It is no surprise that Florida is again pushing its way towards the front of the line on presidential primaries.
Despite all the avowals from Republicans and Democrats that they would stand firm against primaries before March 1, 2012 in any states but the favored four – Iowa, New Hampshire, South Carolina and Nevada – the Sunshine State has decided that it deserves a bigger say in the nomination.
The reason it is no surprise is that Florida largely got away with its primary poaching in 2008.
Yes, Republicans stripped the state of half its delegates for holding its primary on January 29 and pushing the elections in Iowa and New Hampshire to the first two weeks of the year. But all of the candidates campaigned there and, even with the sanctions, Florida still had more delegates at the convention than 38 other states.
And it was John McCain’s victory there that, after a very rocky run, finally put him on the path to the presidential nomination.
On the Democratic side, the penalty was even punier. After having half of their votes stripped, the Florida delegation had all of their strength restored after it was clear that Barack Obama had vanquished Hillary Clinton.
Having succeeded in its gambit before, there was little reason to think that Florida wouldn’t try again. And with the addition of two electoral votes after the 2010 Census – now 29, as many as New York – Florida will have more delegates at the party conventions and even more significance in the general election.
National party elders have promised that there will be serious consequences for the state if it chooses to jump line like an overeager tourist at Epcot Center. But with Florida’s increased electoral clout, Republican leaders in the state legislature see limited downside to the move.
What is surprising, though, is how slow the potential 2012 Republican candidates were to accept the reality that Florida looks likely to be the deciding state, yet again.
The way the calendar is shaping up now, Florida will vote on Jan. 31, three days after South Carolina, a week after New Hampshire and two weeks after the Iowa caucuses. That would again put Florida in the sweet spot after the early rounds and before the more nationalized contests of the following weeks.
(Nevada also has its caucuses in the early going, but novelty, a relatively small pool of delegates and low participation rates make it less consequential, especially in terms of momentum building.)
With more delegates than Iowa, New Hampshire and South Carolina combined, Florida promises to be a pivot point again this election cycle.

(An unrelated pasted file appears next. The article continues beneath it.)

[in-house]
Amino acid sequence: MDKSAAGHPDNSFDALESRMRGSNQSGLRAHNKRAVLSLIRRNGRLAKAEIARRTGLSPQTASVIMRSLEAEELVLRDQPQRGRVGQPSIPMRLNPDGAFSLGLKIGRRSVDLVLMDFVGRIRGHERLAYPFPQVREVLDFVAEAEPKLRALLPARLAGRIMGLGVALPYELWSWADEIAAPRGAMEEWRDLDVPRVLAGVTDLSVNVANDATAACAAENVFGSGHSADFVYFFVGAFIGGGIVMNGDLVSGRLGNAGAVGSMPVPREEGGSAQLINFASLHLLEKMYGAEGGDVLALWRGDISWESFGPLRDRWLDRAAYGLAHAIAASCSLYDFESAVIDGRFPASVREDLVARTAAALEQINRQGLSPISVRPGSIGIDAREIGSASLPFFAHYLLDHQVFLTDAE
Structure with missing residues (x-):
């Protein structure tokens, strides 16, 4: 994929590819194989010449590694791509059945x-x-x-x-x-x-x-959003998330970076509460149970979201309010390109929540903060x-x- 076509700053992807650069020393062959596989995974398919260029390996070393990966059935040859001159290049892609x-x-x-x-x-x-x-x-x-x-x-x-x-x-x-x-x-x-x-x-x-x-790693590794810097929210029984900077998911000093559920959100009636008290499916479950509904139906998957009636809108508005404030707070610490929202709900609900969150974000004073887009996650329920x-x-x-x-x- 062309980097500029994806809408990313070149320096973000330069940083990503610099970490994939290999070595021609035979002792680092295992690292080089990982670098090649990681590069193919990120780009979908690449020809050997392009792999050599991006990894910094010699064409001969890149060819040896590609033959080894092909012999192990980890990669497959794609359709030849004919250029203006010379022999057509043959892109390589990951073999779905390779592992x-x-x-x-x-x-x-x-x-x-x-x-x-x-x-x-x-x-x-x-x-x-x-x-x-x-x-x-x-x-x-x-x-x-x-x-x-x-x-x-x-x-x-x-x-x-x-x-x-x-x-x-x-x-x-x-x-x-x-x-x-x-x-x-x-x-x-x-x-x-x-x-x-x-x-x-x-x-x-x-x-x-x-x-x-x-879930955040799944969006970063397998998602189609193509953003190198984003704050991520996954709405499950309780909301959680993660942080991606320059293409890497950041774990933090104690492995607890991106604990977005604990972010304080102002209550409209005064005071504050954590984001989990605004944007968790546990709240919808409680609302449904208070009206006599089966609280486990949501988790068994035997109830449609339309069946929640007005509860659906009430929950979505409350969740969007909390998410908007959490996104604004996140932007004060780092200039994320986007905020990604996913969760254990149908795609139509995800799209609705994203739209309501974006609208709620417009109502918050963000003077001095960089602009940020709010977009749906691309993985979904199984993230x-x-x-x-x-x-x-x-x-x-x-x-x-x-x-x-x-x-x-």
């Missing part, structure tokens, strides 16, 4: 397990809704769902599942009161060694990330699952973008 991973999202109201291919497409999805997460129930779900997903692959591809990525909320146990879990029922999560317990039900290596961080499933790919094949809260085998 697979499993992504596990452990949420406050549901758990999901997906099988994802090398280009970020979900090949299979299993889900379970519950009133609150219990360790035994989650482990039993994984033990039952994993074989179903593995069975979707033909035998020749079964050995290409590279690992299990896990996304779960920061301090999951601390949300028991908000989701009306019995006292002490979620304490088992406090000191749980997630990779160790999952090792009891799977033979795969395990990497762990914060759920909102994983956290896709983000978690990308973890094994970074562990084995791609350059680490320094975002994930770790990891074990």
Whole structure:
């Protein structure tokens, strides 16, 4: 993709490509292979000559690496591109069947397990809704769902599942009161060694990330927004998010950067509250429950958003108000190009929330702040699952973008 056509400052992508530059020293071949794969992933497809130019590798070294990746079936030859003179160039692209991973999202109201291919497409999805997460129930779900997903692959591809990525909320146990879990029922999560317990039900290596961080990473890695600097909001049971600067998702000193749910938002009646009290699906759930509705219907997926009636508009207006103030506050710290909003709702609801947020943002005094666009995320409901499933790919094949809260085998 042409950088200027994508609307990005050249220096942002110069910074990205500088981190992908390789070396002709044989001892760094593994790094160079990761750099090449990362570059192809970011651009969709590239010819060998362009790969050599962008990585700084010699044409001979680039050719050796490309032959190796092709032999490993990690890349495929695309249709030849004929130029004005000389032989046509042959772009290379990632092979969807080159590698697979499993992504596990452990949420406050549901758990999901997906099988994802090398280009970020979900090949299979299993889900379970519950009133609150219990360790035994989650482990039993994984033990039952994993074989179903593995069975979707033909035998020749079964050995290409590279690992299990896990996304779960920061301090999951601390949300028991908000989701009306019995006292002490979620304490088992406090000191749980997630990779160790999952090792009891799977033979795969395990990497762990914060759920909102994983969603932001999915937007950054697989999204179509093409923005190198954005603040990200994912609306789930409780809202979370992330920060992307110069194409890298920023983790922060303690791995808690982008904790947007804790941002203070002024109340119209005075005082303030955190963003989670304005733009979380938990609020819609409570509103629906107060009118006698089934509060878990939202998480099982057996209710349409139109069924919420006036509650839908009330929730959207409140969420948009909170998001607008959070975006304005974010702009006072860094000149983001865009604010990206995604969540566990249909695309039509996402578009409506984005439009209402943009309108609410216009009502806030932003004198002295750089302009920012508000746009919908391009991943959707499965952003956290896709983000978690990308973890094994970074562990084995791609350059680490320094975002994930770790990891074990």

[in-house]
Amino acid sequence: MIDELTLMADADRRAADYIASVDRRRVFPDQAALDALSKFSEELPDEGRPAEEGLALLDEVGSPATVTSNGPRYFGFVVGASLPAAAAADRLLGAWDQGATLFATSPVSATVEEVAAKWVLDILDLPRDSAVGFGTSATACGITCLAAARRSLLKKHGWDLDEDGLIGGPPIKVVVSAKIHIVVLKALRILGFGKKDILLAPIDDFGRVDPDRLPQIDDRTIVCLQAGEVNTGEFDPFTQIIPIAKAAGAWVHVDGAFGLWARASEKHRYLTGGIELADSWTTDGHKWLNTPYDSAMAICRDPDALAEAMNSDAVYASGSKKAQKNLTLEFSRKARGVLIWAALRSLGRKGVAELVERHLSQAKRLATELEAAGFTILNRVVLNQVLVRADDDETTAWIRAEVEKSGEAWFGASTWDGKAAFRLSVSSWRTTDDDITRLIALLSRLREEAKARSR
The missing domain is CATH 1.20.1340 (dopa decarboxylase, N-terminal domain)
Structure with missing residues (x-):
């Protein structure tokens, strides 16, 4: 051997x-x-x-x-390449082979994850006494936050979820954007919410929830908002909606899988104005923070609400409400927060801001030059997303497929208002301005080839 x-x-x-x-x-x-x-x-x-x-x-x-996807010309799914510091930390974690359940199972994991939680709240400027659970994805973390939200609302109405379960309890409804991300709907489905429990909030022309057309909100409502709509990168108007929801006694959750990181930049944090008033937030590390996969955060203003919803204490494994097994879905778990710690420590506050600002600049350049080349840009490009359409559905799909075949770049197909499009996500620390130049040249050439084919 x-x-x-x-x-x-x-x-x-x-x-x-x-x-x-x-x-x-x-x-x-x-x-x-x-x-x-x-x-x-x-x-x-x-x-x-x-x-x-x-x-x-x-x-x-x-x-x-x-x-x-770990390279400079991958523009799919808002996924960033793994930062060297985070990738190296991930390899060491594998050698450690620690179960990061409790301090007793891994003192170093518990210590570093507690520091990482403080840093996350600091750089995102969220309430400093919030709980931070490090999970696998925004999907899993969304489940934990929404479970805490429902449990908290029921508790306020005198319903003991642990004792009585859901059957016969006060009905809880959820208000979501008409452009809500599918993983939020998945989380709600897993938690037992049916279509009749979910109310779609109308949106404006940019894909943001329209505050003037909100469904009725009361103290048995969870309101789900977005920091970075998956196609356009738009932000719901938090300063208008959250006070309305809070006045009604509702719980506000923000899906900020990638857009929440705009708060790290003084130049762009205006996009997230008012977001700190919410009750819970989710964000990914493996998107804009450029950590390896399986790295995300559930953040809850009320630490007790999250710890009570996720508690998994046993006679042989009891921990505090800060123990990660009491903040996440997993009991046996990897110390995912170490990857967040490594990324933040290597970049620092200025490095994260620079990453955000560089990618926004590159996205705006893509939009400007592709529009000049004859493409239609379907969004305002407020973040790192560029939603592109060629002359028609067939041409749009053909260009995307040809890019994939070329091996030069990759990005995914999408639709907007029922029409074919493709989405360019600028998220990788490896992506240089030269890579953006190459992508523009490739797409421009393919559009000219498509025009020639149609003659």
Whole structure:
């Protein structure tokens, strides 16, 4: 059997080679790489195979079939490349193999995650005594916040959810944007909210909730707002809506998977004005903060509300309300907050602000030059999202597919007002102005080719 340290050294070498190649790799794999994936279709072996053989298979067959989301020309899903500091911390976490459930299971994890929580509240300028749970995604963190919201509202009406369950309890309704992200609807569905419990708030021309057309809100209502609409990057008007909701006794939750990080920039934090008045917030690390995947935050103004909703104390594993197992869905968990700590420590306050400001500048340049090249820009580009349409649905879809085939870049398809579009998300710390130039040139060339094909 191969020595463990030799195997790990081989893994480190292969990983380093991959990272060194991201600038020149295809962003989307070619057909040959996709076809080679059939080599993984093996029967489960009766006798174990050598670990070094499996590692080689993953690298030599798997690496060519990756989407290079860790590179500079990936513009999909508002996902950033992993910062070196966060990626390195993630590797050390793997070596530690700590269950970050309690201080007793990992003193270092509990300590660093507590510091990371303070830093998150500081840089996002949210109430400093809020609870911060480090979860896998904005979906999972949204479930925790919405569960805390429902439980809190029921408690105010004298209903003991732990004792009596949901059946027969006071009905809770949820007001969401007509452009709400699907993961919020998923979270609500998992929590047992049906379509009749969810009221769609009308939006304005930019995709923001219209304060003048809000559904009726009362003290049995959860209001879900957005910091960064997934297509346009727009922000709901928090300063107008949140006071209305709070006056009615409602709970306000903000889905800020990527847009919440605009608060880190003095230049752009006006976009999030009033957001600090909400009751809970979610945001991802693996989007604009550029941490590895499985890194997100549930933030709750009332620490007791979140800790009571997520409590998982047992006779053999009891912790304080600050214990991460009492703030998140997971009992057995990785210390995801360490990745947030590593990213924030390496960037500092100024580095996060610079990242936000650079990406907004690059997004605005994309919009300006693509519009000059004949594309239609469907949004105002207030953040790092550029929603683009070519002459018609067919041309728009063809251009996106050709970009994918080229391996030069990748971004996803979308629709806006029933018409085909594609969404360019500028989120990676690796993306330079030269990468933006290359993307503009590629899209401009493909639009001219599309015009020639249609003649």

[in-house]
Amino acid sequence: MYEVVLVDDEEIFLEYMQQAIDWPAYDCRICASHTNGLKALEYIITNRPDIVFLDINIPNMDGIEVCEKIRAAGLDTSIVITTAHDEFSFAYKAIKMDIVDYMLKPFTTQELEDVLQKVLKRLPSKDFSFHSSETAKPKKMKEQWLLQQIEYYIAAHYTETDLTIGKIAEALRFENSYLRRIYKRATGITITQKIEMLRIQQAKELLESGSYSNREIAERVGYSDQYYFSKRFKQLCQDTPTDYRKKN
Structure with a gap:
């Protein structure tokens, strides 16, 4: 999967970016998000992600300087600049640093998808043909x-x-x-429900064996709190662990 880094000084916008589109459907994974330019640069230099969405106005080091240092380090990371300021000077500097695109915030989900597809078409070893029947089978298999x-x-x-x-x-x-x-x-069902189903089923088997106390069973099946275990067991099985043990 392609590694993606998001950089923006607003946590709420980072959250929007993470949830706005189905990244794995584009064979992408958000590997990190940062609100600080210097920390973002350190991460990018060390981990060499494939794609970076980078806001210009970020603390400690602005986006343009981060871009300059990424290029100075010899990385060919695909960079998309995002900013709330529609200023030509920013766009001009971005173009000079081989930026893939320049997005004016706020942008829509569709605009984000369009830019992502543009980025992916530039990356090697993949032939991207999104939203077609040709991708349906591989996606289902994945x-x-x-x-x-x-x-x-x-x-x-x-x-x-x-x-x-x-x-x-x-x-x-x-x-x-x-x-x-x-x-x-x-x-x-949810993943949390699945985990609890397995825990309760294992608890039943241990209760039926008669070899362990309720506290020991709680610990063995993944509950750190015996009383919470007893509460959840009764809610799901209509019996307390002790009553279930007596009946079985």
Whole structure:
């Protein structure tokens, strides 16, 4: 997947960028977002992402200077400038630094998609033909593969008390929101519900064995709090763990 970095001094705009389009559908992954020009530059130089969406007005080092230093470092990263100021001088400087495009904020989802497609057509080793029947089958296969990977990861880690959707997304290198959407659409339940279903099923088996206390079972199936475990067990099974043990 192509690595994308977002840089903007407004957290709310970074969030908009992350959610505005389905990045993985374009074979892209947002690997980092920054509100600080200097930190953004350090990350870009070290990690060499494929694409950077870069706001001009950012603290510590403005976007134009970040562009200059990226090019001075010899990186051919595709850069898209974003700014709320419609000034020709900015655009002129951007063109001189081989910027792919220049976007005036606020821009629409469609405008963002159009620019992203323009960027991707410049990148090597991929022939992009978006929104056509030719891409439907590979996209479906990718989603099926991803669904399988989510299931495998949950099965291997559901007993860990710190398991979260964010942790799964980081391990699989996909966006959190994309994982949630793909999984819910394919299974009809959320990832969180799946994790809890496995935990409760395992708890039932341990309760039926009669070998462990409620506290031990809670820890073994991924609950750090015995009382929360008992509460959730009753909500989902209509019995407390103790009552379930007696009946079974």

Based on the way the field is shaping up, it’s entirely likely that a different candidate will have won each of the first three big primaries.
Consider one potential outcome:
Former Minnesota Gov. Tim Pawlenty has seen his stock rise among Iowa Republicans in recent weeks, and a win there for him would be a huge boost for a candidate about whom buzz has often been lacking.
Libertarians are promising to make it hard for former Massachusetts Gov. Mitt Romney in New Hampshire, and Romney certainly can’t take the Granite State for granted. But in the end, regional affinity and Romney’s long and costly participation in state politics should give him a wide win in New Hampshire.
But Pawlenty and Romney will run smack into South Carolina and Haley Barbour. The Mississippi governor seems to be on course to lock down the first-in-the-South primary and his conservative politics and prodigious of country charm should carry the day.
Three primaries. Three winners. What a mess.
And that’s just the kind scenario Florida Republicans are hoping for because it would let their state be the launching pad for the eventual nominee again. That’s when vice presidential nominations and cabinet secretariats get dangled in front of state kingmakers.
Of all the potential candidates in the field, it is Romney who has the most to gain from a high-stakes Florida contest at the end of January.
As the likely candidate with the highest name identification levels and best-established campaign and fundraising operations, Romney has much to gain from a frontloaded primary calendar. And now that Florida has made it clear that it will break the party rules and vote early, other states will follow suit.
It’s no coincidence that Romney has been lavishing attention and campaign contributions on Florida politicians like Sen. Marco Rubio and Rep. Allen West of late. While Pawlenty and others have been leery of diving in and thereby encouraging Florida’s calendar creep, Romney is taking to the state with the enthusiasm of a spring breaker.
With nine expensive media markets and at least 2 million Republican primary voters expected next year, well-funded and well-organized Romney has a lot to gain from Florida jumping line.
Chris Stirewalt is FOX News’ digital politics editor. His political note, Power Play, is available every weekday morning at FOXNEWS.COM.